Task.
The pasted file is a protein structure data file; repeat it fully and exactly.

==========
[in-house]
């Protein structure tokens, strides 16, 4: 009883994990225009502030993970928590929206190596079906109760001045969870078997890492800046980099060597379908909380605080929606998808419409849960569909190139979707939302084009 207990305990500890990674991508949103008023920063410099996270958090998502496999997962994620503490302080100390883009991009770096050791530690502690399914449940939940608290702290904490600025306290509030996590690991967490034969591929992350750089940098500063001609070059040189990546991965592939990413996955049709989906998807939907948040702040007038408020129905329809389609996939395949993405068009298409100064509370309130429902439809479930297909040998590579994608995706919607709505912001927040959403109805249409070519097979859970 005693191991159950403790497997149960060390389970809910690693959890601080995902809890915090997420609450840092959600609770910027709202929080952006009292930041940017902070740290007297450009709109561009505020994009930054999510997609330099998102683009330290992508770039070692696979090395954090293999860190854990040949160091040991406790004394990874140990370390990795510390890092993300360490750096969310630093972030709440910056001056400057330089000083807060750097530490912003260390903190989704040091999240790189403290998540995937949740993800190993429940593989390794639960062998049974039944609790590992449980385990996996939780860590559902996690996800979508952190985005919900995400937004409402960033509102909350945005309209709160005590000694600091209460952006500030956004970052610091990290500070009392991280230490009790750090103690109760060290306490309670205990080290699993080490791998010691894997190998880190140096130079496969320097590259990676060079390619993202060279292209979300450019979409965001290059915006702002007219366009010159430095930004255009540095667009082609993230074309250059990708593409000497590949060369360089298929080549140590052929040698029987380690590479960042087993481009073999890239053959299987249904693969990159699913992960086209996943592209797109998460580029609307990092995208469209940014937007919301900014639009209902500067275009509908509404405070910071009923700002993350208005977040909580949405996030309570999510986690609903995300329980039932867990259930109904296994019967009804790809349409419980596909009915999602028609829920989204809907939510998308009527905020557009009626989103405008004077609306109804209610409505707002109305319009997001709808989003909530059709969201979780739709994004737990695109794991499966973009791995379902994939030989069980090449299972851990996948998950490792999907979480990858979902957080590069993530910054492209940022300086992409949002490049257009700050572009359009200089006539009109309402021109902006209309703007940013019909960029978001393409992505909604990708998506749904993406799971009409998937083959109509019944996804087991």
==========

[in-house]
């Protein structure tokens, strides 16, 4: 009883994990225009502030993970928590929206190596079906109760001045969870078997890492800046980099060597379908909380605080929606998808419409849960569909190139979707939302084009 207990305990500890990674991508949103008023920063410099996270958090998502496999997962994620503490302080100390883009991009770096050791530690502690399914449940939940608290702290904490600025306290509030996590690991967490034969591929992350750089940098500063001609070059040189990546991965592939990413996955049709989906998807939907948040702040007038408020129905329809389609996939395949993405068009298409100064509370309130429902439809479930297909040998590579994608995706919607709505912001927040959403109805249409070519097979859970 005693191991159950403790497997149960060390389970809910690693959890601080995902809890915090997420609450840092959600609770910027709202929080952006009292930041940017902070740290007297450009709109561009505020994009930054999510997609330099998102683009330290992508770039070692696979090395954090293999860190854990040949160091040991406790004394990874140990370390990795510390890092993300360490750096969310630093972030709440910056001056400057330089000083807060750097530490912003260390903190989704040091999240790189403290998540995937949740993800190993429940593989390794639960062998049974039944609790590992449980385990996996939780860590559902996690996800979508952190985005919900995400937004409402960033509102909350945005309209709160005590000694600091209460952006500030956004970052610091990290500070009392991280230490009790750090103690109760060290306490309670205990080290699993080490791998010691894997190998880190140096130079496969320097590259990676060079390619993202060279292209979300450019979409965001290059915006702002007219366009010159430095930004255009540095667009082609993230074309250059990708593409000497590949060369360089298929080549140590052929040698029987380690590479960042087993481009073999890239053959299987249904693969990159699913992960086209996943592209797109998460580029609307990092995208469209940014937007919301900014639009209902500067275009509908509404405070910071009923700002993350208005977040909580949405996030309570999510986690609903995300329980039932867990259930109904296994019967009804790809349409419980596909009915999602028609829920989204809907939510998308009527905020557009009626989103405008004077609306109804209610409505707002109305319009997001709808989003909530059709969201979780739709994004737990695109794991499966973009791995379902994939030989069980090449299972851990996948998950490792999907979480990858979902957080590069993530910054492209940022300086992409949002490049257009700050572009359009200089006539009109309402021109902006209309703007940013019909960029978001393409992505909604990708998506749904993406799971009409998937083959109509019944996804087991």